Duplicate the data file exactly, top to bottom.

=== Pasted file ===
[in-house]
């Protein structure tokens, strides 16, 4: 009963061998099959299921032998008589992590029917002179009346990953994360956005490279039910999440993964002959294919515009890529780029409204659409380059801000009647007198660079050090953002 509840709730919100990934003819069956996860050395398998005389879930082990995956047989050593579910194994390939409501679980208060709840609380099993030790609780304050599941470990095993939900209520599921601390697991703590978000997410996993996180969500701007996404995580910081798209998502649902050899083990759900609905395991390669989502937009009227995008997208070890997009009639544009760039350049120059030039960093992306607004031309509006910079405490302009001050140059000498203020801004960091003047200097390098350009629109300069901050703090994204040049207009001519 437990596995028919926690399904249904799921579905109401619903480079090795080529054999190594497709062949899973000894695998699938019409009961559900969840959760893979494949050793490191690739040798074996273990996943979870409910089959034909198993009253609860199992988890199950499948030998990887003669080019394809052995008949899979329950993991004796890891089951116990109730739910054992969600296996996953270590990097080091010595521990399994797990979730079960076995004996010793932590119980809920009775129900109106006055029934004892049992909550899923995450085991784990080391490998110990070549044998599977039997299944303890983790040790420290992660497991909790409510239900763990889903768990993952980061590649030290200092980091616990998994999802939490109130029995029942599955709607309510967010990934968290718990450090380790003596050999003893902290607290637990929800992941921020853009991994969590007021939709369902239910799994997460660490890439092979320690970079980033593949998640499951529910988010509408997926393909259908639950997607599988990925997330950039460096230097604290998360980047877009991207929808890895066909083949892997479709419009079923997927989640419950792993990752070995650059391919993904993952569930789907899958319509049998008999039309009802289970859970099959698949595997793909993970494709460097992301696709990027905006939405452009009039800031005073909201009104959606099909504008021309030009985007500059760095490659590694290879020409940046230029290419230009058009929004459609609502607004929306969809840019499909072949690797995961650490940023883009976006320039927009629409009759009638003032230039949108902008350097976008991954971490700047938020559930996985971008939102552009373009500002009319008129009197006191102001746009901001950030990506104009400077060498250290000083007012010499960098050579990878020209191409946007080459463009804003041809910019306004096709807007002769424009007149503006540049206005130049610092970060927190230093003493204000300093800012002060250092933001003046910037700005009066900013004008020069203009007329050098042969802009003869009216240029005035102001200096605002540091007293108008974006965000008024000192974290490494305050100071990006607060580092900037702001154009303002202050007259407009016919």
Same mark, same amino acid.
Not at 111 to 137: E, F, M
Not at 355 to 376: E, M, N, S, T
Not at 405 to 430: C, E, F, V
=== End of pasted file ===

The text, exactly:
[in-house]
């Protein structure tokens, strides 16, 4: 009963061998099959299921032998008589992590029917002179009346990953994360956005490279039910999440993964002959294919515009890529780029409204659409380059801000009647007198660079050090953002 509840709730919100990934003819069956996860050395398998005389879930082990995956047989050593579910194994390939409501679980208060709840609380099993030790609780304050599941470990095993939900209520599921601390697991703590978000997410996993996180969500701007996404995580910081798209998502649902050899083990759900609905395991390669989502937009009227995008997208070890997009009639544009760039350049120059030039960093992306607004031309509006910079405490302009001050140059000498203020801004960091003047200097390098350009629109300069901050703090994204040049207009001519 437990596995028919926690399904249904799921579905109401619903480079090795080529054999190594497709062949899973000894695998699938019409009961559900969840959760893979494949050793490191690739040798074996273990996943979870409910089959034909198993009253609860199992988890199950499948030998990887003669080019394809052995008949899979329950993991004796890891089951116990109730739910054992969600296996996953270590990097080091010595521990399994797990979730079960076995004996010793932590119980809920009775129900109106006055029934004892049992909550899923995450085991784990080391490998110990070549044998599977039997299944303890983790040790420290992660497991909790409510239900763990889903768990993952980061590649030290200092980091616990998994999802939490109130029995029942599955709607309510967010990934968290718990450090380790003596050999003893902290607290637990929800992941921020853009991994969590007021939709369902239910799994997460660490890439092979320690970079980033593949998640499951529910988010509408997926393909259908639950997607599988990925997330950039460096230097604290998360980047877009991207929808890895066909083949892997479709419009079923997927989640419950792993990752070995650059391919993904993952569930789907899958319509049998008999039309009802289970859970099959698949595997793909993970494709460097992301696709990027905006939405452009009039800031005073909201009104959606099909504008021309030009985007500059760095490659590694290879020409940046230029290419230009058009929004459609609502607004929306969809840019499909072949690797995961650490940023883009976006320039927009629409009759009638003032230039949108902008350097976008991954971490700047938020559930996985971008939102552009373009500002009319008129009197006191102001746009901001950030990506104009400077060498250290000083007012010499960098050579990878020209191409946007080459463009804003041809910019306004096709807007002769424009007149503006540049206005130049610092970060927190230093003493204000300093800012002060250092933001003046910037700005009066900013004008020069203009007329050098042969802009003869009216240029005035102001200096605002540091007293108008974006965000008024000192974290490494305050100071990006607060580092900037702001154009303002202050007259407009016919």
Same mark, same amino acid.
Not at 111 to 137: E, F, M
Not at 355 to 376: E, M, N, S, T
Not at 405 to 430: C, E, F, V